For over 50 years, well-traveled singer-songwriter Tom Paxton has remained steadfast in his mission to keep folk music alive, releasing over 60 albums.
Even at 77, the singer's resolve and resolution to keep making songs about everyday real life issues — folk's bread-and-butter — is as strong as ever. Although Paxton vows this will be his final tour, he has no plans to stop creating music and no doubt he still has plenty to say.
That includes the recent release of his latest album, "Redemption Road." "I think redemption is something we can all use," Paxton said in a recent interview. "There's something about the title that says I've been doing this a long time and I still believe in it."
It's a desire that has roots in Paxton's journey to Greenwich Village in New York in the 1960s, where he found his musical footing and voice among the community of folk musicians that gathered 24/7 at coffee shops.
Prior to his performance at the Stoughton Opera House with Janis Ian, the Cap Times talked with Paxton:
How are you feeling about the release of your new album?
I'm very happy with this album. They tell me it's my 62nd album but I have no idea if that's correct or not. I know I've made a great many albums, a couple of which I wish I had never made. I like this one very much.
In the linear notes you dedicated the album to your wife Midge, who sadly passed last June. It's no doubt been an emotional past year for you. Could you talk about the impact she's had on your career?
Midge and I were just two months shy of 51 years of marriage and it's not an exaggeration to say that I owe my career to her. If she had not been my wife, I'm not sure I would have done half of the things I've done. She was a great inspiration to me and she was a great support, a terrific editor. She could pick holes in my songs and show me the weak spots. It's impossible for me to think of getting along without her, but somehow I'm trying.
What do you remember about the first time you met her?
She came in the Gaslight Cafe in Greenwich Village, early in January of 1963, and I was so attracted to her that I asked her out immediately. I proposed to her in two weeks and we were married in six months. And everyone on the street gave us six months but we fooled them and lasted over 50 years.
How has the past year shaped your decision to tour for the last time?
It just became obvious to me that it was time for me to stop touring. I've been doing it for 55 years and touring has become very hard for me. Airports are just awful places for me now, they're exhausting. And I'm just tired of the physical strain of touring. So in November I'm going to say goodbye to it. I'm not going to retire. I'm still going to perform, but it'll be one-off deals. No more touring.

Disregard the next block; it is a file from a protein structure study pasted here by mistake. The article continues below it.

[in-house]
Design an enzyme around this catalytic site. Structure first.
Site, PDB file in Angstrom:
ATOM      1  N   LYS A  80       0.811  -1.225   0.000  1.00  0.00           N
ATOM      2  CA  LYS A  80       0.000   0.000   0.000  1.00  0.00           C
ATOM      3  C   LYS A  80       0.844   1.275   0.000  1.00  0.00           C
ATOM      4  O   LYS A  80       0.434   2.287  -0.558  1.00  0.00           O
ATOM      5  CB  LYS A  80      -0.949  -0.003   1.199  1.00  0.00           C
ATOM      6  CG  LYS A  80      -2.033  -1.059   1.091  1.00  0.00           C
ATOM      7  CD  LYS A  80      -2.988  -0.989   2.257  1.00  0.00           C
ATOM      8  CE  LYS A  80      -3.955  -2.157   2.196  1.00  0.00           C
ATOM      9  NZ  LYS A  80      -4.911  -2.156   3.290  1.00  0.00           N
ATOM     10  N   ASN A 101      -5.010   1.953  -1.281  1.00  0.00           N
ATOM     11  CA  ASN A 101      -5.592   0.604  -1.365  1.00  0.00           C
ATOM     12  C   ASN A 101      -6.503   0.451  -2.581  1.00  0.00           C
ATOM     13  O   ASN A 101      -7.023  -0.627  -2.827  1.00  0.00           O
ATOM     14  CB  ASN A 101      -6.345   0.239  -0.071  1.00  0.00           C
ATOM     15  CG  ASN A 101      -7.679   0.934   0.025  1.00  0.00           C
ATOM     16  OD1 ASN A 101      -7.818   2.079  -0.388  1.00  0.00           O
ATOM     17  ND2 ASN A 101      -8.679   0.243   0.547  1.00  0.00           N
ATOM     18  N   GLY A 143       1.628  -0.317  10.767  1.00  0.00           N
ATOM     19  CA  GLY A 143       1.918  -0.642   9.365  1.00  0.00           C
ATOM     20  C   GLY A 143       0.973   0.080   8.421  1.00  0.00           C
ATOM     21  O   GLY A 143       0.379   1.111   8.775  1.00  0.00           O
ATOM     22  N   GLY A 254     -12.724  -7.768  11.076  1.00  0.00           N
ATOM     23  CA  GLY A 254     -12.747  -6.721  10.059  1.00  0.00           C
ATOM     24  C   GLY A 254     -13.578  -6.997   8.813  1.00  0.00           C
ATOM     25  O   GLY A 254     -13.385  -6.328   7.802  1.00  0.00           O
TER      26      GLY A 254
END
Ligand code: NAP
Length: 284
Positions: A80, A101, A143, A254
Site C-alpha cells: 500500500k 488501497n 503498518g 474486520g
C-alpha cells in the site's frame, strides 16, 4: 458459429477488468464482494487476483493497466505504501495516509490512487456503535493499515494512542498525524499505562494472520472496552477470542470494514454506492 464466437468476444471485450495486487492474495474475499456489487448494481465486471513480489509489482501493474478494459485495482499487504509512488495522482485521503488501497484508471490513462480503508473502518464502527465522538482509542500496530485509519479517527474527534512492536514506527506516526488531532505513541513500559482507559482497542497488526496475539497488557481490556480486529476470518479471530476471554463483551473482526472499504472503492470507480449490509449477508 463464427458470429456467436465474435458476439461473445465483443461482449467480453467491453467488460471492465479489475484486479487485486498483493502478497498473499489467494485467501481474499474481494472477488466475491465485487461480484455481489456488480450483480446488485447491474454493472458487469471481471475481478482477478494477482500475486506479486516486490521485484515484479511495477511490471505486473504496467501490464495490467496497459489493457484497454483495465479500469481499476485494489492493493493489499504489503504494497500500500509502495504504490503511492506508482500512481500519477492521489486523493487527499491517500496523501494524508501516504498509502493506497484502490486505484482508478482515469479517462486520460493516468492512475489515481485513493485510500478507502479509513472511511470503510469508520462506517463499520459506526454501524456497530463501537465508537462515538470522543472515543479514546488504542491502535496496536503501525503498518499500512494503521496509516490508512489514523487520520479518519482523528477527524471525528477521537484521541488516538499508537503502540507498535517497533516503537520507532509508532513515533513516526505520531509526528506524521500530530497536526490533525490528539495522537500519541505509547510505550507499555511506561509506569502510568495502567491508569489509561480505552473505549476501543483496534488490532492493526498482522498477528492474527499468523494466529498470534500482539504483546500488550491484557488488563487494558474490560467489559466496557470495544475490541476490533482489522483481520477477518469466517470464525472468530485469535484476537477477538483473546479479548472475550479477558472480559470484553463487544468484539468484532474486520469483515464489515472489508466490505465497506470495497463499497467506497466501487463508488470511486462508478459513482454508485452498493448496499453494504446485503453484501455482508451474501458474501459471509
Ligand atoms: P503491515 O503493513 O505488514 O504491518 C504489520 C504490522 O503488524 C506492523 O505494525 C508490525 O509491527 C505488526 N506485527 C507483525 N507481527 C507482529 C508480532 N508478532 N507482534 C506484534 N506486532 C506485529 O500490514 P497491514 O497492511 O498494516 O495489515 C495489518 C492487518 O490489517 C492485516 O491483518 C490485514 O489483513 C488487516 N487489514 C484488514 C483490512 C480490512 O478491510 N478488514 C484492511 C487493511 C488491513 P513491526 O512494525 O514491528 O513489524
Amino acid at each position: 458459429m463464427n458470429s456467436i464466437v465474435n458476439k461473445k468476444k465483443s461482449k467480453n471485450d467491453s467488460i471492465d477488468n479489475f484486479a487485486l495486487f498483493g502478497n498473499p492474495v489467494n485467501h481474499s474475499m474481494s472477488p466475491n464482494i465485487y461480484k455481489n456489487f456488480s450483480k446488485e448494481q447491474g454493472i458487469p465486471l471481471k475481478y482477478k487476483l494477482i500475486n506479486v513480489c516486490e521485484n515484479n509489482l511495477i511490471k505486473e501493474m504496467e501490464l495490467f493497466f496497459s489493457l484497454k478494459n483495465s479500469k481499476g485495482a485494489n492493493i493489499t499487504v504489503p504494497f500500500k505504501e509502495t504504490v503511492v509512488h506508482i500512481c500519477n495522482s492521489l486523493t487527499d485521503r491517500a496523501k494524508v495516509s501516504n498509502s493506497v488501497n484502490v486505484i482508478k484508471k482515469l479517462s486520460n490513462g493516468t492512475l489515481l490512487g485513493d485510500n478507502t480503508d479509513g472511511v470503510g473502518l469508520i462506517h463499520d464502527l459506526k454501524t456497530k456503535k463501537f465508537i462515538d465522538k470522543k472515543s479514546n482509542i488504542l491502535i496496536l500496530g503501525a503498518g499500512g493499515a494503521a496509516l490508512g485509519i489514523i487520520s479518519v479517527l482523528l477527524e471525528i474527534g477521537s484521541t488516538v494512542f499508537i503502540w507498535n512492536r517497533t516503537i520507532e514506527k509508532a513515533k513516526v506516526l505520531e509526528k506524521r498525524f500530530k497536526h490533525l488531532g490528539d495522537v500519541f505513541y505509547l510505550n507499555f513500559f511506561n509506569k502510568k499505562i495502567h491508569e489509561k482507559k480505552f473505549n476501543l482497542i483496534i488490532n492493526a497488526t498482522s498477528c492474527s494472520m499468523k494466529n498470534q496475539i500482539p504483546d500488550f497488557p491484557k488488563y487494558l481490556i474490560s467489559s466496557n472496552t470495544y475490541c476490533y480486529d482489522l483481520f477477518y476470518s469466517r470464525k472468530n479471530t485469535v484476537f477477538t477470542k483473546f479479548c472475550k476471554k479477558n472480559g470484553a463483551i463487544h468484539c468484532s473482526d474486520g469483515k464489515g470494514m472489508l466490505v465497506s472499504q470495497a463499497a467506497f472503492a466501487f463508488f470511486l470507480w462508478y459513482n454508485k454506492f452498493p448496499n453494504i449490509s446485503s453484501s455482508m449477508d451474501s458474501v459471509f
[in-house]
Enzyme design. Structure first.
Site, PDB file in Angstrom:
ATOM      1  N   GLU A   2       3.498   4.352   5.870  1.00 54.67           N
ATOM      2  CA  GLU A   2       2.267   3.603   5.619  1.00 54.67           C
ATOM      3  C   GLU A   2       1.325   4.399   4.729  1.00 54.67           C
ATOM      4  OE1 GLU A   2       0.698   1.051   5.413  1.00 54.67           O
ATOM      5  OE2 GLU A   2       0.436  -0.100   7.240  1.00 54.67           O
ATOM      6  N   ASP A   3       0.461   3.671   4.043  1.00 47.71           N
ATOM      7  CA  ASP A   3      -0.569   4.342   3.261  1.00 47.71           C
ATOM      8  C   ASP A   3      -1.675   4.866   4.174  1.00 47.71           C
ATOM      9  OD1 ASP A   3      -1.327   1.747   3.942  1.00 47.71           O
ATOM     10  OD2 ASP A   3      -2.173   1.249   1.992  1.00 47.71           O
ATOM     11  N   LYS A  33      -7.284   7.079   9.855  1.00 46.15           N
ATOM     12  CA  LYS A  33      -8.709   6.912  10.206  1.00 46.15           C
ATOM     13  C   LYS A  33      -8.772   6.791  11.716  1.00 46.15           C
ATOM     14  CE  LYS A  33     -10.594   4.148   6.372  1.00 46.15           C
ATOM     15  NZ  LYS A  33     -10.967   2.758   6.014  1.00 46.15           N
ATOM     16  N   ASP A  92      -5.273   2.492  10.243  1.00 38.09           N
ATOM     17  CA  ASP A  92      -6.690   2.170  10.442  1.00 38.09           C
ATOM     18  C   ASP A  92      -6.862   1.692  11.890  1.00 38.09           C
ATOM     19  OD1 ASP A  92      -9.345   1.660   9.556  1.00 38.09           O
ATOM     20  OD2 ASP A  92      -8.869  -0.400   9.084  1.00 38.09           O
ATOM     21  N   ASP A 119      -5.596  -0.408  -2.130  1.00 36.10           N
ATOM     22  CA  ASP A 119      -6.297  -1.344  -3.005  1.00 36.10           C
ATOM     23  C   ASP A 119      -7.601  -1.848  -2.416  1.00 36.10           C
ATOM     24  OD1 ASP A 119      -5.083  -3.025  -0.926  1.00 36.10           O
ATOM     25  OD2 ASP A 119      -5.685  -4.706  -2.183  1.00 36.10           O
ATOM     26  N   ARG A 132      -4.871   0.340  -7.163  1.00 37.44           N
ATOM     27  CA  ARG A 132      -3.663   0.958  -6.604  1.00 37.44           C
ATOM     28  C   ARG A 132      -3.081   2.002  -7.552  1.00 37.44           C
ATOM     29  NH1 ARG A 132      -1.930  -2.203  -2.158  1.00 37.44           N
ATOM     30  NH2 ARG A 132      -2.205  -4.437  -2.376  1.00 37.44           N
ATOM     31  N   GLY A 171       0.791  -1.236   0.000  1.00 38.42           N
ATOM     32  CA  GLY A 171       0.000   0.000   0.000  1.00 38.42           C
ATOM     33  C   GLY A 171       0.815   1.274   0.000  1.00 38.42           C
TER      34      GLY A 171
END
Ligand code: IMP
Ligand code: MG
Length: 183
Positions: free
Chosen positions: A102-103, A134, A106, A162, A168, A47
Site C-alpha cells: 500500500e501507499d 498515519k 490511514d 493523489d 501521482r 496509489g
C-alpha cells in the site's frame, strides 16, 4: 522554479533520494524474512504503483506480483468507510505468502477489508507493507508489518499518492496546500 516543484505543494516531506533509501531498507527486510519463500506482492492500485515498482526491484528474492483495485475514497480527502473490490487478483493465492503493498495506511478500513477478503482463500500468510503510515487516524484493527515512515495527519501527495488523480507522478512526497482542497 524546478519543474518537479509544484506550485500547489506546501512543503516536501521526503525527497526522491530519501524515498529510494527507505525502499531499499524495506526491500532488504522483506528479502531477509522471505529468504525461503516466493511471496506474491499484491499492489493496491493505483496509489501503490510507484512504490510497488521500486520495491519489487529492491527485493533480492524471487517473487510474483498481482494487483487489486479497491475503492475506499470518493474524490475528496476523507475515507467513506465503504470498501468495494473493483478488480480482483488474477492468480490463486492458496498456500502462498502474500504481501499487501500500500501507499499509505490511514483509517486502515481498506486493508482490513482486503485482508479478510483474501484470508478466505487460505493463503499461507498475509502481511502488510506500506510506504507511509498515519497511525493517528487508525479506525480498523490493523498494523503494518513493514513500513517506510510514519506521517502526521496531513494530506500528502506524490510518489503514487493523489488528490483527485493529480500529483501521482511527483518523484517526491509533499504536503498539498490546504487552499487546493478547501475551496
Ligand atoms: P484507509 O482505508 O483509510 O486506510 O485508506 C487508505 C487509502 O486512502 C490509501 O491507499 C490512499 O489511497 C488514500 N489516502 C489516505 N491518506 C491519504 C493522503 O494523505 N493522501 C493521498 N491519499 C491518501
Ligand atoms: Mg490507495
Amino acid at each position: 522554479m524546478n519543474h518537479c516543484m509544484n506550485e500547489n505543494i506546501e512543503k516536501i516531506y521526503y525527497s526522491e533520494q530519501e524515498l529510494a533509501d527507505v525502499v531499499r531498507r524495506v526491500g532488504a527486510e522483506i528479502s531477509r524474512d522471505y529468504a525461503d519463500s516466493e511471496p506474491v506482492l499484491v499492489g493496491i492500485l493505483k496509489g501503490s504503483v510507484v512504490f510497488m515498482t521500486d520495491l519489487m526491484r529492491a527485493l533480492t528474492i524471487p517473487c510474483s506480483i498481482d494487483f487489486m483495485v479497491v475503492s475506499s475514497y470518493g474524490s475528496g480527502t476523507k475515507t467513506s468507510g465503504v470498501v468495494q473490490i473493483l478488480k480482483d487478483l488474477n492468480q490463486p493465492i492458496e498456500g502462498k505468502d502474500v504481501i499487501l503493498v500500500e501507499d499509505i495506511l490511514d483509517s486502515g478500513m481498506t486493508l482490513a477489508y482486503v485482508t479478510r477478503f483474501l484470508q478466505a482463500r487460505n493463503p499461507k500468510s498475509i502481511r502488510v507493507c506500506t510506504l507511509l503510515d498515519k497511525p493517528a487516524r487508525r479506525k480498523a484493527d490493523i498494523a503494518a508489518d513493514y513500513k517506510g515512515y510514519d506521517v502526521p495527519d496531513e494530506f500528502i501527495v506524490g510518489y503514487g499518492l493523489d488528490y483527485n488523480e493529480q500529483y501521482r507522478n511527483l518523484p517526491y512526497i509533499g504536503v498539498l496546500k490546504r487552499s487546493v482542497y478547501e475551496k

What are your plans to do after the tour? Are you planning to keep recording?
Oh yeah, I'm still writing. There will be another album down the road. I'm going to be spending more time in Nashville. I have friends down there that I write with and I want to go and write with them some more.
The album has a nice mix of fun, humorous songs and serious ones. Could you talk about that and why it's been important to have that balance?
Well, I've suspected I've been wrong all these years to do it this way. But I just record the songs that I have available to record. And I don't try to plan it with a single theme to it. Having said that, I do think there is a unifying theme to this album of retrospect. There is a home stretch feel to this album.
How do you think your songwriting now compares with when you first started?
I think it's clear that the songs I'm writing now are written by the same guy who wrote "Ramblin' Boy." I don't think I've changed as a songwriter but I hope I've grown. I still have the same values that I had when I began. I still have the same musical tastes that I had when I began. But I can at least hope that I've added some depth.
You also had Janis Ian on the album and she's playing with you on this tour. What's it like working with her?
I've known Janis since she was 13 years old and I was on stage with her the very first time she performed. So we go way, way back together.
In a way you could say things have gone full circle musically with her.
Yeah, it does feel that way. After all this time we're doing all these shows together and having a lot of fun doing it. This is not a split bill. We do the whole show together. 85 percent of the time we're on stage together singing on one another's songs and having a lot of fun.
You've seen and been part of the many transitions of folk music. Could you talk about what you've learned being part folk for so long?
My ambition from the very start was to be a part of the American folk tradition. It was always important to me and I valued it and I just wanted to join it. So I feel very grateful that I have been part of it all these years. I've known a great many folk artists and shared stages with them and friendships with them. I've sung at their weddings and funerals. It's been my life, this music. And I don't regret a day of it.
Why do you think folk music still has relevance today?
Because it's simple and addresses the lives we really live. Really good country music is like that as well. It tells stories of people's actual lives. And it does it in a very unadorned way. For me just a couple acoustic instruments and a couple voices, that'll do it for me.
Greenwich Village in the ‘60s had a significant impact on folk and you. What was it like being part of that folk community?
It was a perfect place for me to be at the time in my life. It was exciting that we were out making folk music every night. We were learning from each other and competing with each other and laughing with each other and having a high ol' time together. It was folk music 24/7 and none of us could get enough of it. It was a lot of laughter and a lot of fun. And some of us actually stuck around.